- The depositary can only restore the thing deposited to the party who entrusted it to him, or to him in whose name the deposit was made, or to the party who has been appointed to receive it.
- He cannot demand of the party who has made the deposit proof that he was the proprietor of the thing deposited.
Nevertheless, if lie discover that the thing was stolen, and who was the veritable owner, he must announce to the latter the deposit which has been made with him, with a notice to claim it within a determinate and sufficient interval.
If the party to whom such announcement was made neglect to reclaim the deposit, the depositary is validly discharged by the delivery thereof which he makes to the party from whom he received it.
- In case of the natural or civil death of the person who has made a deposit, the thing deposited can only be restored to his heir.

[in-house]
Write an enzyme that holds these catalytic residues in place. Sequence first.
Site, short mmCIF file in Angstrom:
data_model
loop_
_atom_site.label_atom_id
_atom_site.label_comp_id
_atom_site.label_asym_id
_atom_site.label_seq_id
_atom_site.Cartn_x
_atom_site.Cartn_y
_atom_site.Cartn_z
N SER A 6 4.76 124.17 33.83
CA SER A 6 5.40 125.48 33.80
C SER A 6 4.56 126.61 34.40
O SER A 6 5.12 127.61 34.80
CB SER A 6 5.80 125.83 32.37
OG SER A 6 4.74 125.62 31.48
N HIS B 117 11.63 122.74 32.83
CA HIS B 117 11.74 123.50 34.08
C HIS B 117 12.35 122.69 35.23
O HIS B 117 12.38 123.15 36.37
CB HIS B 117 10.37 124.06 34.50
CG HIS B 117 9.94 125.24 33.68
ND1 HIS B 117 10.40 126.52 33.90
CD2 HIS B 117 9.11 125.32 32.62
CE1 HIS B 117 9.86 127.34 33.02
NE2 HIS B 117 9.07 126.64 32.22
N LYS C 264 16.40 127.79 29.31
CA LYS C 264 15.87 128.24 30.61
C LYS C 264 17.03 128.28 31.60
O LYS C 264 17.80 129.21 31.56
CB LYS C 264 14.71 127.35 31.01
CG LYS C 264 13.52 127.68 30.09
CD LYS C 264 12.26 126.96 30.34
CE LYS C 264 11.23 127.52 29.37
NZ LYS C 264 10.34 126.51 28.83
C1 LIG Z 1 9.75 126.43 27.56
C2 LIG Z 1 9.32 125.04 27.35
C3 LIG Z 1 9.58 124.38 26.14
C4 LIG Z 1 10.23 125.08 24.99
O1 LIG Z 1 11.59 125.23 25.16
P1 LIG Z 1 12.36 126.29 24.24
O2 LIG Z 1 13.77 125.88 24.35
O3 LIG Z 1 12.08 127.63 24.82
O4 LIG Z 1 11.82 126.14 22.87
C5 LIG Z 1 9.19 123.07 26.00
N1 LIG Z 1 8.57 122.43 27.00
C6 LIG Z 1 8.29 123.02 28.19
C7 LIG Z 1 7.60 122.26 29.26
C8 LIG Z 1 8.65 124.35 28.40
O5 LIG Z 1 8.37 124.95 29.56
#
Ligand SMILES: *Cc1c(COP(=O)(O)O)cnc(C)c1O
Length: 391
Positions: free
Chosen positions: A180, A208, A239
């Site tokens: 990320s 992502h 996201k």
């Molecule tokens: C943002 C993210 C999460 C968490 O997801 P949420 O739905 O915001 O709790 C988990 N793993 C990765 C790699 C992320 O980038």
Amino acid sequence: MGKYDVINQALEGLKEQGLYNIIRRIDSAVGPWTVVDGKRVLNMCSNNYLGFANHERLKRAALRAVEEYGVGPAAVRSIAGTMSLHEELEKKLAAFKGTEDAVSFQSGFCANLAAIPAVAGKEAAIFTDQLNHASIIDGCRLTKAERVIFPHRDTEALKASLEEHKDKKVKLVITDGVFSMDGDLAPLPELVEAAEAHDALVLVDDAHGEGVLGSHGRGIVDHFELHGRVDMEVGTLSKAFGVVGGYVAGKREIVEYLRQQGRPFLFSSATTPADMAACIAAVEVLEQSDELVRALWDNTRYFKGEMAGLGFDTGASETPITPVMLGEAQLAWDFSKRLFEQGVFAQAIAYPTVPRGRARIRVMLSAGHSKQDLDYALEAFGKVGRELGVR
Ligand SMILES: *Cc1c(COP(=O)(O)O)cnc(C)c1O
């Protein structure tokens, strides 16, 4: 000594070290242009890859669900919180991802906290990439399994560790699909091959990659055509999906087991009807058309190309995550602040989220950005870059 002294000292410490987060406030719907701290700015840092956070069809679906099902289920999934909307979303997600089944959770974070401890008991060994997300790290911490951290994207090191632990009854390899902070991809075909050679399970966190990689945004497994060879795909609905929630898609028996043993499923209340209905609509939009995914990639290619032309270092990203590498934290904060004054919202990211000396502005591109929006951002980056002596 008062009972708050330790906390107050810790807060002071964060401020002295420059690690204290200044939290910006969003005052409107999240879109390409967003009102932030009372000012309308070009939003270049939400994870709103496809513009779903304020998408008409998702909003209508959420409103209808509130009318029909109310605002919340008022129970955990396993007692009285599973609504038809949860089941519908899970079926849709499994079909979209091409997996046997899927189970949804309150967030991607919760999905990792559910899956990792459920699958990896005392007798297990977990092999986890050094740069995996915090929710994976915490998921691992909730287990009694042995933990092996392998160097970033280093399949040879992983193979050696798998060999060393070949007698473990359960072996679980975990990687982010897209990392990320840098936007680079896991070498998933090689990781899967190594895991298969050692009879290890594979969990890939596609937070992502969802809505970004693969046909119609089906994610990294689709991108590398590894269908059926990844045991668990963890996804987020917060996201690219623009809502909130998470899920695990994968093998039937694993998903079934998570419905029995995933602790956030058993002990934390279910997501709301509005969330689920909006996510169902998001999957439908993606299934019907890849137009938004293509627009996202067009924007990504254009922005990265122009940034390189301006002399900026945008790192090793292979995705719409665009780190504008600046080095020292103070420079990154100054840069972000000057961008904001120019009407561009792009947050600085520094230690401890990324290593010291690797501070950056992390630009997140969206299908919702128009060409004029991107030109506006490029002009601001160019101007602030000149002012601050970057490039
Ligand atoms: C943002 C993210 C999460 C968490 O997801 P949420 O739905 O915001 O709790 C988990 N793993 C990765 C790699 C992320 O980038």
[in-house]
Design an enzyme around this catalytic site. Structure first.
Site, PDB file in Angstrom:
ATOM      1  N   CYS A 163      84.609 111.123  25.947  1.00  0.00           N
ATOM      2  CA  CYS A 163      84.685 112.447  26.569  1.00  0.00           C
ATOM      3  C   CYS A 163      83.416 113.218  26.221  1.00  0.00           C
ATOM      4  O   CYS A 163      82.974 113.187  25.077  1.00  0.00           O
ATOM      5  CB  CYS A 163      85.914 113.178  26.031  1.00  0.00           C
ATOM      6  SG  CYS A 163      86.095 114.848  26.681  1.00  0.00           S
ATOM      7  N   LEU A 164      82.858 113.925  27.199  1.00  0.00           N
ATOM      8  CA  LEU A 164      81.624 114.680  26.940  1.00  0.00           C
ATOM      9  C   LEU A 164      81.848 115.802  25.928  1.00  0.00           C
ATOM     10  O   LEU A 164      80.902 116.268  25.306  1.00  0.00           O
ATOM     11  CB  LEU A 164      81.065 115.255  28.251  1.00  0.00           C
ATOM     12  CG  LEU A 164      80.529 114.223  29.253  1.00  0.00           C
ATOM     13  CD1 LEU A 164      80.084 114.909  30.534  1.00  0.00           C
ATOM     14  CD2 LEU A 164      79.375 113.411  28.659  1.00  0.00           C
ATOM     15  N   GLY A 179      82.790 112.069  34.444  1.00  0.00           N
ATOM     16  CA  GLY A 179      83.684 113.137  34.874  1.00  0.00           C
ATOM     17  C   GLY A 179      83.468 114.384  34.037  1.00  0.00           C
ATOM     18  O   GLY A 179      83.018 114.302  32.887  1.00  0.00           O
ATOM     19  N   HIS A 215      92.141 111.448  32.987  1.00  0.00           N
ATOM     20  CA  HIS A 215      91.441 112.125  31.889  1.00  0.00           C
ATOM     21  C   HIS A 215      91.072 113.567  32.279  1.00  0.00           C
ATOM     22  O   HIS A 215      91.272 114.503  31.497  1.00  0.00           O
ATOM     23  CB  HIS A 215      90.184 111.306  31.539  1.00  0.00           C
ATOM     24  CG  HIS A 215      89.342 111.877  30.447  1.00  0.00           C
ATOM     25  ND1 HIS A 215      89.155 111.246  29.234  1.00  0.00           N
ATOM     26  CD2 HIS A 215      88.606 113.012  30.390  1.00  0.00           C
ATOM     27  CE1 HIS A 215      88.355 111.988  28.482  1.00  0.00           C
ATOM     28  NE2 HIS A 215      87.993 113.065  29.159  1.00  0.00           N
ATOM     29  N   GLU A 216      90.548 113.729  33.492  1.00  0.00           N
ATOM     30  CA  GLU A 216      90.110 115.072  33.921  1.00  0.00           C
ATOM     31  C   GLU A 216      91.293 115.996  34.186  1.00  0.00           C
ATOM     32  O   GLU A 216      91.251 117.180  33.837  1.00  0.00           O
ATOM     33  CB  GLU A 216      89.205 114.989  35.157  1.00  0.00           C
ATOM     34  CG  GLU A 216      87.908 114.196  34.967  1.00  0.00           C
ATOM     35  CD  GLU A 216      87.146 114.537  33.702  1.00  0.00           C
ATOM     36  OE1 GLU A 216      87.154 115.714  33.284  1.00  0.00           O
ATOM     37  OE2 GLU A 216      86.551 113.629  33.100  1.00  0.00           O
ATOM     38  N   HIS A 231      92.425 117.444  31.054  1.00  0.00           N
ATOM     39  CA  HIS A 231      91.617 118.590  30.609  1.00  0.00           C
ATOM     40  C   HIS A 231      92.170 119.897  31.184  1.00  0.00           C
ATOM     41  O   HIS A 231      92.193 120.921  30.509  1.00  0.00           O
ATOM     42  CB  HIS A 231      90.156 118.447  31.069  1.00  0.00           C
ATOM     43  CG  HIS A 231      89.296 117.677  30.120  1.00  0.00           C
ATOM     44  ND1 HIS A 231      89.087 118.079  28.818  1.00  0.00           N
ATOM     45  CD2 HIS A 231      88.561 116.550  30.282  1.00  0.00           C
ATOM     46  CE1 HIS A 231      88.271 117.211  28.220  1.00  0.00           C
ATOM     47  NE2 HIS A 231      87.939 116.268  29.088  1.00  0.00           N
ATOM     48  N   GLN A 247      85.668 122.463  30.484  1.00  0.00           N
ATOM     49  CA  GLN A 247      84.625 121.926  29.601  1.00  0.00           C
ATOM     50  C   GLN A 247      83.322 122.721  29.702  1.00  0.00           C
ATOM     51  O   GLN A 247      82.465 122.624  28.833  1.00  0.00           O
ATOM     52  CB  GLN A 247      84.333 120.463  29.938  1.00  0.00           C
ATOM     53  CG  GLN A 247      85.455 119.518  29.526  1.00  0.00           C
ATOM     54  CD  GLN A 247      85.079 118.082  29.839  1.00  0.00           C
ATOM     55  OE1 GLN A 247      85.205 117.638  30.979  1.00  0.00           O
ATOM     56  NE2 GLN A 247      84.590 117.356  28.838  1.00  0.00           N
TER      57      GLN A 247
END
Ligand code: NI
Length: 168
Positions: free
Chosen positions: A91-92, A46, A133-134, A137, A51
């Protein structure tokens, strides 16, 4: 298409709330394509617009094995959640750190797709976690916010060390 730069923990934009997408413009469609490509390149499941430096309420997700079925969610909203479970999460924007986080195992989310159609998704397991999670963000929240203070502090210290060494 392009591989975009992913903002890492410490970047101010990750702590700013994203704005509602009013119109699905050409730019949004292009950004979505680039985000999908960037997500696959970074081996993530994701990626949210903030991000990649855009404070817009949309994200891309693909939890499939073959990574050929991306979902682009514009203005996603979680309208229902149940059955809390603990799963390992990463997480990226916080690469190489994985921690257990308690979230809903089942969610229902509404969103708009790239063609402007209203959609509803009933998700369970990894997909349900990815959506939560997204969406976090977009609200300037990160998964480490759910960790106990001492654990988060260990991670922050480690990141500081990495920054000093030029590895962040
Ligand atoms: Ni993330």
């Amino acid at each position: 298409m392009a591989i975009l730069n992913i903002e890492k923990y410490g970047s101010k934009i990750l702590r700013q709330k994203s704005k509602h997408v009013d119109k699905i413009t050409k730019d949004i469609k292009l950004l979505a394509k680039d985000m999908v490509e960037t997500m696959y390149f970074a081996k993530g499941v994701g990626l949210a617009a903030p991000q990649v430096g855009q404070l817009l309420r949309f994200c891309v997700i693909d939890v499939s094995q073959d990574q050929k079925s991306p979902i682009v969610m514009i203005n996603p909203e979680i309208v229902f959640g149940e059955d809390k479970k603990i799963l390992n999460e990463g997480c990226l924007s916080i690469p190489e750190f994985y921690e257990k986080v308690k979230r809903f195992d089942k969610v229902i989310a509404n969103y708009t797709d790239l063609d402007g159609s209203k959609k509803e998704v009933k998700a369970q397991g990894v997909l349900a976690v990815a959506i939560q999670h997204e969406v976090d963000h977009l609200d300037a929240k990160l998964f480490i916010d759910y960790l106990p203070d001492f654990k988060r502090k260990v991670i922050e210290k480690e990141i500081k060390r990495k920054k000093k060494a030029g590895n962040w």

If there be several heirs, it must be restored to each of them as to his share and portion.
If the thing deposited is indivisible, the heirs must agree among themselves upon receiving it.
- If the person who made the deposit has changed situation; for instance, if a woman, free at the moment at which the deposit was made, has been
married subsequently and become subject to the authority of her husband; if one of full age at the time of the deposit has been put under restraint:
in all these cases, and others of the same nature, the deposit can only be restored to the party who has the administration of the rights and property of the depositor.
- If the deposit were made by a guardian, by a husband, or an administrator, in one of these characters, it can only be restored to the person whom such guardian, husband, or administrator represented, if their management or administration has closed.
- If the contract of deposit points out the place in which the restitution is to be made, the depositary is bound to bring thither the deposit.
If there be expenses of conveyance, they are at the charge of the depositor.
- If the contract do not point out the place of restitution, it must be made in the very place of the deposit.